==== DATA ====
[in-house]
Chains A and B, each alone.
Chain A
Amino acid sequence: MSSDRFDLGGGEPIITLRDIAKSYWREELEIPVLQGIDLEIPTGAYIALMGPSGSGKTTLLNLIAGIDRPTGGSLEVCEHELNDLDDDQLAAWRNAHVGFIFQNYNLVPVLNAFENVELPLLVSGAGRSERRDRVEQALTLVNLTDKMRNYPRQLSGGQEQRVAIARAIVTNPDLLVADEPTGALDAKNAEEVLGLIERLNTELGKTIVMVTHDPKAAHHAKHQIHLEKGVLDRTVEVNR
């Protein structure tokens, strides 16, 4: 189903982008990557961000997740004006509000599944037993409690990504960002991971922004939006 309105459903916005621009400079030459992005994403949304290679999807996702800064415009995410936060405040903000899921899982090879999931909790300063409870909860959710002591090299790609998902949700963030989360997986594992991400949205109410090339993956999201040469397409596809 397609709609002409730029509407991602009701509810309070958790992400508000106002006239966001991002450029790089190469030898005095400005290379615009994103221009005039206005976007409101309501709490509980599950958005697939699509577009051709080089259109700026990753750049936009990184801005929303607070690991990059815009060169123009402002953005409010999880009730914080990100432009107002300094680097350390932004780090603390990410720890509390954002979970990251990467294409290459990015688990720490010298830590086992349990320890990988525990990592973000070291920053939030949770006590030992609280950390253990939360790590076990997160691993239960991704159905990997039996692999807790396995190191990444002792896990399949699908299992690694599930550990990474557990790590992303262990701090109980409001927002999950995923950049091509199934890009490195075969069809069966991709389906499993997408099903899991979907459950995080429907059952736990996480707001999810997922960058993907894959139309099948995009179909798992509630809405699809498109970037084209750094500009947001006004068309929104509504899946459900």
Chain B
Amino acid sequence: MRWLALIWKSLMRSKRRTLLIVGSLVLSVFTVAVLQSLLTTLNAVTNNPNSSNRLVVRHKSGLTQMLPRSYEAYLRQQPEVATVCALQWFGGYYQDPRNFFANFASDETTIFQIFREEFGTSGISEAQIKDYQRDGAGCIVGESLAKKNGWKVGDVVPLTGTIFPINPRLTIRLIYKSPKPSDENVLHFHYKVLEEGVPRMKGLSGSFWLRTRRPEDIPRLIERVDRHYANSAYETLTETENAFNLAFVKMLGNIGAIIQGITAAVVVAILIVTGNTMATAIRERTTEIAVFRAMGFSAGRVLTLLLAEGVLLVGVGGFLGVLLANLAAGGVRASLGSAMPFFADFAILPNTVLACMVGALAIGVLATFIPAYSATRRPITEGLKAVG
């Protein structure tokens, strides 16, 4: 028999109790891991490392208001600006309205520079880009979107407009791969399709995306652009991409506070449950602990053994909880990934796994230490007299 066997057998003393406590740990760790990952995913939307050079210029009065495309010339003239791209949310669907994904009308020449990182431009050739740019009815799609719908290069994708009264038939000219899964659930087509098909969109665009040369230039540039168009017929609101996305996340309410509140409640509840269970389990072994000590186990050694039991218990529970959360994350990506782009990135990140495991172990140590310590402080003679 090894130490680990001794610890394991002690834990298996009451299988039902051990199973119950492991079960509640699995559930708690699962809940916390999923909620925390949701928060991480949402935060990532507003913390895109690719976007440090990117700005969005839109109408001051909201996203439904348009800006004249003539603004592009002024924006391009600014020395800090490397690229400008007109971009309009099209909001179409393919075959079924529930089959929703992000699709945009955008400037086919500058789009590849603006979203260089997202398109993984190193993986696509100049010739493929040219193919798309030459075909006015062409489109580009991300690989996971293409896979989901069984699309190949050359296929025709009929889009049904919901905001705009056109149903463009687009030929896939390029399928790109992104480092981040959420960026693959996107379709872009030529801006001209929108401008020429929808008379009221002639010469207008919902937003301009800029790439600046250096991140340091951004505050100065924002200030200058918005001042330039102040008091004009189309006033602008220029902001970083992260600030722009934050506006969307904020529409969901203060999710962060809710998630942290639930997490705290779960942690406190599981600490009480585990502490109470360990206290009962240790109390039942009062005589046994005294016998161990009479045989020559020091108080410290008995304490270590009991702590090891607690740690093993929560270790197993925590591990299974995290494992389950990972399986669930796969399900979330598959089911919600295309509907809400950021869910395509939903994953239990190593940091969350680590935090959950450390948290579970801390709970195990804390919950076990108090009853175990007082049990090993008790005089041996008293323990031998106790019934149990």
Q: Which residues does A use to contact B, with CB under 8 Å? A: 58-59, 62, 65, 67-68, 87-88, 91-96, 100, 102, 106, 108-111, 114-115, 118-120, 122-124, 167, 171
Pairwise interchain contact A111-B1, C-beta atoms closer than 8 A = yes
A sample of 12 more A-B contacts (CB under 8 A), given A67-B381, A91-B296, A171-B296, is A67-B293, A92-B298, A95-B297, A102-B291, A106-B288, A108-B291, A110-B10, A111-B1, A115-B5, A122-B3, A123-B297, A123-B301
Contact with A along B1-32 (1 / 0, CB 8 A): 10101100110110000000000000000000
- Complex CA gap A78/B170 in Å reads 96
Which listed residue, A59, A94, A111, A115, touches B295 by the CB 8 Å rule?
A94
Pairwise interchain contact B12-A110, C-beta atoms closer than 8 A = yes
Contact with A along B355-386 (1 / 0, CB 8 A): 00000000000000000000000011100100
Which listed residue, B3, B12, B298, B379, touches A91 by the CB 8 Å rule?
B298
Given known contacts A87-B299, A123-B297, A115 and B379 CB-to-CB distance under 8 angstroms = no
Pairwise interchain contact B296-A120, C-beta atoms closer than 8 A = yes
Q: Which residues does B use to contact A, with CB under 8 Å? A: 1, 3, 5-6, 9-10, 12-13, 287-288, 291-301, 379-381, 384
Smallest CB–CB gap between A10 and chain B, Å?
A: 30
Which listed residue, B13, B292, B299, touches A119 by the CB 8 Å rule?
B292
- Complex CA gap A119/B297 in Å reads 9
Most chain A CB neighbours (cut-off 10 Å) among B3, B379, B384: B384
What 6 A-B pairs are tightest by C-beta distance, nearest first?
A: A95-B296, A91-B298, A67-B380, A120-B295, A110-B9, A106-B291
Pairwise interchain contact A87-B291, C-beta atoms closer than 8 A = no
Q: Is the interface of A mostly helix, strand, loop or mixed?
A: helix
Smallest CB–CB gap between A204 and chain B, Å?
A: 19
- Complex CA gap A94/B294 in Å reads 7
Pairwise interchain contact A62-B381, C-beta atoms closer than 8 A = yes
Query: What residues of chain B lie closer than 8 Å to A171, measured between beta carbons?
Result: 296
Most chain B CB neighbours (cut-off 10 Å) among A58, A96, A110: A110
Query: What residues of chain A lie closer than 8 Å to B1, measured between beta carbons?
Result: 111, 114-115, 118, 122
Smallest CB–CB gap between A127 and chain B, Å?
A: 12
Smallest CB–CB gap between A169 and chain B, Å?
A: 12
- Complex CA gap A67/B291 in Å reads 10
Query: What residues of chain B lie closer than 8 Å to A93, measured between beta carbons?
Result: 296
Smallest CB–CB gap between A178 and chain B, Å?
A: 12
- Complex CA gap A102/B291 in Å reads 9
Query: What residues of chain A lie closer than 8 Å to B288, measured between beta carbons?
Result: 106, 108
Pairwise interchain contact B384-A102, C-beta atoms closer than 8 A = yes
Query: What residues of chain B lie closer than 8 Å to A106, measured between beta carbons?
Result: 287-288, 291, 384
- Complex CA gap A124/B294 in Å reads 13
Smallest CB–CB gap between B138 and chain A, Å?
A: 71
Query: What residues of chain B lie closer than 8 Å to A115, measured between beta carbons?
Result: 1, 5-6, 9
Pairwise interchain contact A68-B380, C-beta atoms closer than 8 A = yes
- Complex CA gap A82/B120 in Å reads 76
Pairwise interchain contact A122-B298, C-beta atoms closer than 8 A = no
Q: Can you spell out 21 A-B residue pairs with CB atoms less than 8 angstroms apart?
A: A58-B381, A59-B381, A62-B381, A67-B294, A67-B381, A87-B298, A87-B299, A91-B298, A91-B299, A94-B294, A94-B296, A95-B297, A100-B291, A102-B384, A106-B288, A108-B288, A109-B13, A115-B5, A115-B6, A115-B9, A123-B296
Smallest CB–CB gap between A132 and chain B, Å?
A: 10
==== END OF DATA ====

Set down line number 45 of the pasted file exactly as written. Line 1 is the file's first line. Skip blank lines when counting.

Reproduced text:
Smallest CB–CB gap between A169 and chain B, Å?